A recent report from USA Today ranked Wellesley 17th out of the 25 most diverse schools in the country, and among the top three in Massachusetts. According to the article, which used data from the U.S. Department of Education, the chance of two randomly selected students being of a different race, ethnicity or citizenship is 78.4 percent at Wellesley. The likelihood at the highest ranking school, New York Institute of Technology, is 83.2 percent, while the nationwide average is 69.6 percent.
Compared to other small liberal arts colleges, Wellesley’s student body is relatively racially and ethnically diverse: 42 percent of students identify as white, 23.9 percent as Asian, 14.5 percent as Hispanic, 7.2 percent as black and 7 percent as multi-racial, as reported by USA Today.
“The real-ness of diversity and inclusion” is number four on the Wellesley 100. The College cites that students hail from 87 countries and that 17 percent of the class are first generation college students. According to the website, “Our commitment to a diverse, inclusive community is very real.”
However, students have pointed out that there is a difference between diversity in numbers and inclusion on campus.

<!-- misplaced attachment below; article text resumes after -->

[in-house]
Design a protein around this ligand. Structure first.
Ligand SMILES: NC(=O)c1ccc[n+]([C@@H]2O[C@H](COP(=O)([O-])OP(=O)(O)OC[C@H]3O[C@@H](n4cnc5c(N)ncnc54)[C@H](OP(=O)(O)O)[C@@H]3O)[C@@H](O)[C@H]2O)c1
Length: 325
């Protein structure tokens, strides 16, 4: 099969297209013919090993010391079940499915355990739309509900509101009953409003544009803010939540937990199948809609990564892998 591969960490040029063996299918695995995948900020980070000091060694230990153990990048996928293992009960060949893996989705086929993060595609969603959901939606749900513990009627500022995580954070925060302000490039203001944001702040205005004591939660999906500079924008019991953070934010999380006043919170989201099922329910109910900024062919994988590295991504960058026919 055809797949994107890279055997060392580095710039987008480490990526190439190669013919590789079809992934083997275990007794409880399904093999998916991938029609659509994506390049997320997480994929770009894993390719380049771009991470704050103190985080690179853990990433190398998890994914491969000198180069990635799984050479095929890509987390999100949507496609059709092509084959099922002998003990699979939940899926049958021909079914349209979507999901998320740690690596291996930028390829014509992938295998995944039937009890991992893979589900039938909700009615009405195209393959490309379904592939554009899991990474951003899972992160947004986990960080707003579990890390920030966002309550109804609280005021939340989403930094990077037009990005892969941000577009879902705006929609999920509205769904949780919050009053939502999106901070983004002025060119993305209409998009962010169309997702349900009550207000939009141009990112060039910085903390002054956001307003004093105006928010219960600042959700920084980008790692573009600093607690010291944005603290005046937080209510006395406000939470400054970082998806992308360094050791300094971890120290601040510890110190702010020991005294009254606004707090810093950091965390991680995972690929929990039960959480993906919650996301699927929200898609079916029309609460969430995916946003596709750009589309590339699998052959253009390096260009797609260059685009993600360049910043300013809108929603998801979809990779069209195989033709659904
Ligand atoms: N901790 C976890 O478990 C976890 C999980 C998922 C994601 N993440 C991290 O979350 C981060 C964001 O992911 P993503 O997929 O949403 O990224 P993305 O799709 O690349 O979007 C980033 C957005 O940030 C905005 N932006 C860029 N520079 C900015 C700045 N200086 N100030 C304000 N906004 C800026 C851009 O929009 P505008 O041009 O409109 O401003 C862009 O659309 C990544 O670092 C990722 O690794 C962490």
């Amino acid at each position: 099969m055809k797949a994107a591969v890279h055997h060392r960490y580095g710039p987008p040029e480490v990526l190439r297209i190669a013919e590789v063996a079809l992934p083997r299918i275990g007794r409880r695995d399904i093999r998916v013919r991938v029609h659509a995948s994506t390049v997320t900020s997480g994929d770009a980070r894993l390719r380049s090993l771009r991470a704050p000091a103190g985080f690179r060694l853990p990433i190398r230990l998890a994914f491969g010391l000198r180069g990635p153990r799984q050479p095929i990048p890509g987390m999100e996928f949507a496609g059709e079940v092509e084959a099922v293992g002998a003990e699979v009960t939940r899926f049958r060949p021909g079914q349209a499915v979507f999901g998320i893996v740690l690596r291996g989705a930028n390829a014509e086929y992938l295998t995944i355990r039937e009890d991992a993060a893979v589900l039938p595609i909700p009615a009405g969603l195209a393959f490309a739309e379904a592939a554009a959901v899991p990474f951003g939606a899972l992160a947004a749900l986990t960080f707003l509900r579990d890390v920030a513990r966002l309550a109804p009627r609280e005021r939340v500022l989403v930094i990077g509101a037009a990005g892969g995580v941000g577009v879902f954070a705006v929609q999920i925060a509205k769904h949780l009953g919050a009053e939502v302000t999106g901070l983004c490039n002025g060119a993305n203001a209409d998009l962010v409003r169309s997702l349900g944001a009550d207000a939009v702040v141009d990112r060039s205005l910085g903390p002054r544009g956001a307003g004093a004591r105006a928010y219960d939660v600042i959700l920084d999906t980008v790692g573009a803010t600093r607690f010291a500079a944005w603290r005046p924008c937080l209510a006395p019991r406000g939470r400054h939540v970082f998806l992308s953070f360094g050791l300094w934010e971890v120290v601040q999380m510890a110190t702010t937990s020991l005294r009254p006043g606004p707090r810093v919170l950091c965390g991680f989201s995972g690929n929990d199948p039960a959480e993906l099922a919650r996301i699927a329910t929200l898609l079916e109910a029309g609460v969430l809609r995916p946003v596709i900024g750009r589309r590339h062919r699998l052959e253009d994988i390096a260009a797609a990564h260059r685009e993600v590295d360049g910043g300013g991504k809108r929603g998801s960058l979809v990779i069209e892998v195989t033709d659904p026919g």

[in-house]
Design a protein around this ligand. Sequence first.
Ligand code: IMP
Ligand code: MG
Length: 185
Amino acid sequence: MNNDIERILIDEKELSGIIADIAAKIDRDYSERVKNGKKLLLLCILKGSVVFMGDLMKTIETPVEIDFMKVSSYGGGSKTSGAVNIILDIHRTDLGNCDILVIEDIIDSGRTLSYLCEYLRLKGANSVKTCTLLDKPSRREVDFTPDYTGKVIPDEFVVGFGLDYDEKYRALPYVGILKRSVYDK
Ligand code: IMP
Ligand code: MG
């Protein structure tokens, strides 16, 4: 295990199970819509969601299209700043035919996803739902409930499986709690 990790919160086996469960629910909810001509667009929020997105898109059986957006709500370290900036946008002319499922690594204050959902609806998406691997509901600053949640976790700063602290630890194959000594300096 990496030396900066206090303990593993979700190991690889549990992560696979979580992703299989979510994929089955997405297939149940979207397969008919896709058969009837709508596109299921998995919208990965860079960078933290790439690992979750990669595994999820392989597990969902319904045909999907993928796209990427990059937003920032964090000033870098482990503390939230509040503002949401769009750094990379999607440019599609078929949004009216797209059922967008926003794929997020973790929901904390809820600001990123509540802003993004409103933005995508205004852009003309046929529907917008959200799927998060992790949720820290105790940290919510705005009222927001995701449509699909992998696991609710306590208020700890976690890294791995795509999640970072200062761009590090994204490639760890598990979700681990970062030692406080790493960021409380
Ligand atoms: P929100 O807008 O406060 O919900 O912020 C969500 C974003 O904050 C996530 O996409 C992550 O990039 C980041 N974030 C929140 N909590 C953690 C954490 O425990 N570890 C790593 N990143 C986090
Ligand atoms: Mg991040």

“It seems as though the people who ranked Wellesley number 17 in the nation saw that a sizable percentage of the students at Wellesley are POCs and left it at that, without checking if POCs are actually adequately supported on this campus,” president of the Native American Student Association Kisha James ’21 said, noting the lack of support for Native American students on campus.
While president of the Wellesley College Association for South Asian Cultures (WASAC) Isha Gupta ’20 acknowledged the racial and cultural diversity on campus, she added that the institution’s legacy centers around “powerful, mostly white, women.”
Both Gupta and James called on the College to increase its support of cultural student organizations, which foster diversity and educate members of the community, either financially or through more active support.
“Wellesley could do some work on increasing [resources] and making sure that people from different backgrounds are comfortable interacting with each other,” Gupta said.
Dean of Admissions and Financial Aid Joy St. John stated the office doesn’t normally comment on external rankings, given that they often reflect “the priorities and values of the group or agency determining the criteria used to establish the rankings.” Still, Dean St. John applauded Wellesley’s effort to recruit and enroll a diverse student population.
“I can say that it is always the Admission Office’s goal to achieve Wellesley’s institutional objective of enrolling a talented and diverse student population in order to best fulfill the College’s educational mission,” Dean St. John said.
The College is currently aiming to increase diversity in the student population as part of its five-year strategic plan, according to the Wellesley College website.